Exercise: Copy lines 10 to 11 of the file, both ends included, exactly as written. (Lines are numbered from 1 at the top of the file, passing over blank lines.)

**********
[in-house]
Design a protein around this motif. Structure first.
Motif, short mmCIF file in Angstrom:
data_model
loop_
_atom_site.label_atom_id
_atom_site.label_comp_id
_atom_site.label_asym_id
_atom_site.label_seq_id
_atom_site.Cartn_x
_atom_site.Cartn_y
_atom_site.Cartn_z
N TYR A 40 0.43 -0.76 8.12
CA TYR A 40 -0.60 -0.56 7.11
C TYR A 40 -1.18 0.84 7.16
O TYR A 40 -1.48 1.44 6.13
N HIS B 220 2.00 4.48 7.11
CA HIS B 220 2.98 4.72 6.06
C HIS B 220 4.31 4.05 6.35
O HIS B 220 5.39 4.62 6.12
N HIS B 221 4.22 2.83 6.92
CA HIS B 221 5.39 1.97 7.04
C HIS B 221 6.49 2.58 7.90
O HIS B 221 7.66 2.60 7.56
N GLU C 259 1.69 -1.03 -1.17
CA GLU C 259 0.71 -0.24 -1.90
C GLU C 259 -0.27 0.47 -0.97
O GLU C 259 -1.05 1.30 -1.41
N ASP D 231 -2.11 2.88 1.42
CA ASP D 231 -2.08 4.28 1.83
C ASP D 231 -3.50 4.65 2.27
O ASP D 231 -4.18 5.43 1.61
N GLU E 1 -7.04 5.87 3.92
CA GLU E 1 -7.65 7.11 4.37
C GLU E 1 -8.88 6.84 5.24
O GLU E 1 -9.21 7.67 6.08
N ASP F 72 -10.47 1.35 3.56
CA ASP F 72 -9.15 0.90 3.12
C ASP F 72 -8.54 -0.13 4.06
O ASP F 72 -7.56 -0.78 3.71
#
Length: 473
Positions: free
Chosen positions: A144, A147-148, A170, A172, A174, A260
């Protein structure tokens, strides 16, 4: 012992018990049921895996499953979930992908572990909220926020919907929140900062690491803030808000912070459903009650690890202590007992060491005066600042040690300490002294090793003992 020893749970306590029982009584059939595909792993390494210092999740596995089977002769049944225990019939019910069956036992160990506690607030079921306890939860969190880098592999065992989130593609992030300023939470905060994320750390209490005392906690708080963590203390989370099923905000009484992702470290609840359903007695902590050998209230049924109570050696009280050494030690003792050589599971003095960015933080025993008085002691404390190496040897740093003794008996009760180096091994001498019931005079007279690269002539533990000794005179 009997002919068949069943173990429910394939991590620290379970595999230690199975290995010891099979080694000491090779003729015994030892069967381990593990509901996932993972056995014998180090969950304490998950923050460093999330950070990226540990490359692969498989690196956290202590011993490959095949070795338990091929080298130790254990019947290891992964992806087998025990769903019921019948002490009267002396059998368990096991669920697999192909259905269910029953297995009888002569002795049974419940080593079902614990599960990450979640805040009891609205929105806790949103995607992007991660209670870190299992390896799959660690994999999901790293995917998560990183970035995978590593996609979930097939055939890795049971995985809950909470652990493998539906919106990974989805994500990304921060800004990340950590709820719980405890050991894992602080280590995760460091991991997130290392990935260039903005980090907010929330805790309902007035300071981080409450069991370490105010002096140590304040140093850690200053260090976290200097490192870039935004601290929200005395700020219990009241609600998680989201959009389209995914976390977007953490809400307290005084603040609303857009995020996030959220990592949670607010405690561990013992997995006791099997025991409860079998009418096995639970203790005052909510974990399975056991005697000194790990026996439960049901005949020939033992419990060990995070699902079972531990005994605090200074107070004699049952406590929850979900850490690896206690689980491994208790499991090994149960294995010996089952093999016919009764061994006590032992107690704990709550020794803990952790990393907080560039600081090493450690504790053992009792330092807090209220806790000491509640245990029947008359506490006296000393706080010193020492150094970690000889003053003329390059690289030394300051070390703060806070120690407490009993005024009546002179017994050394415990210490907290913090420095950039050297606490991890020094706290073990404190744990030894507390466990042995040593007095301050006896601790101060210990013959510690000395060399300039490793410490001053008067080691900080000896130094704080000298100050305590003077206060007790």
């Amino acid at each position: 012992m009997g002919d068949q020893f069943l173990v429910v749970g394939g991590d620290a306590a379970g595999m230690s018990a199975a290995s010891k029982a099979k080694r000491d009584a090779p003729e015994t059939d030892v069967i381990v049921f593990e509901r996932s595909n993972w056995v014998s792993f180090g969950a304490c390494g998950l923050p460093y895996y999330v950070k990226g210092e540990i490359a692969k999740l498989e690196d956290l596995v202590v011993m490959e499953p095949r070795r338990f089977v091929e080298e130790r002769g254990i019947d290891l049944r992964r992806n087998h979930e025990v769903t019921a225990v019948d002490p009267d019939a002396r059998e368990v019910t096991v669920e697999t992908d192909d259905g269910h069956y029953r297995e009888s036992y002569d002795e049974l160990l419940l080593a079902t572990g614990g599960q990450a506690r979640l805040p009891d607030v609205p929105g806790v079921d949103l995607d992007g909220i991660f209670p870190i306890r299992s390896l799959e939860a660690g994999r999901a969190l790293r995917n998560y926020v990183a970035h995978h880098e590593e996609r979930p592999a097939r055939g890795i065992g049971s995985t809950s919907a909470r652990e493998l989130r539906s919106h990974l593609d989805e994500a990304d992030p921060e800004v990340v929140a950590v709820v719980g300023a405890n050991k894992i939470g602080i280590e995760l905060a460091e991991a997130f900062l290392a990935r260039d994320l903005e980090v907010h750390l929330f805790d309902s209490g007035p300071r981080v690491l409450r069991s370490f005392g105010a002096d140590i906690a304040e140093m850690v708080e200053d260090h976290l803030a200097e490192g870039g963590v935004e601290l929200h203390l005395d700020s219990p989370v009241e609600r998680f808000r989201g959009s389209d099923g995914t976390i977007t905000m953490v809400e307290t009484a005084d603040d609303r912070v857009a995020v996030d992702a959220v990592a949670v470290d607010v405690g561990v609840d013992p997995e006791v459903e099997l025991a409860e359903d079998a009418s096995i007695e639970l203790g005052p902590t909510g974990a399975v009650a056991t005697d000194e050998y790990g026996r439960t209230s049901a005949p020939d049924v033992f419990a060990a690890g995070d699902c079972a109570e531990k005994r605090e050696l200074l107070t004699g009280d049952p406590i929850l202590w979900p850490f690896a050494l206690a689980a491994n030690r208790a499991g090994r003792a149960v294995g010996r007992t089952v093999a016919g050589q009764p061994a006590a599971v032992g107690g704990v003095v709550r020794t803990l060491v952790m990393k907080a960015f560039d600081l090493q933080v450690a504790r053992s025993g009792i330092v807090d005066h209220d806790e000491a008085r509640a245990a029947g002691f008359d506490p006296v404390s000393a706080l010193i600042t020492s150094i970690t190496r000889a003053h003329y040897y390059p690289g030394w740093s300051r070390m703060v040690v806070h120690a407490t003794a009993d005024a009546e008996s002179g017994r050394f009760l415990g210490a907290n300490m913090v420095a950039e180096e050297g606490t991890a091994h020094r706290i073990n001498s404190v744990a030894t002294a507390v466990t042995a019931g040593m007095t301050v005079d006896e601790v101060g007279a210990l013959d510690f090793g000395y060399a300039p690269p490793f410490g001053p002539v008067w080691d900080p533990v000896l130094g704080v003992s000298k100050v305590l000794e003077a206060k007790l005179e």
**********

_atom_site.Cartn_x
_atom_site.Cartn_y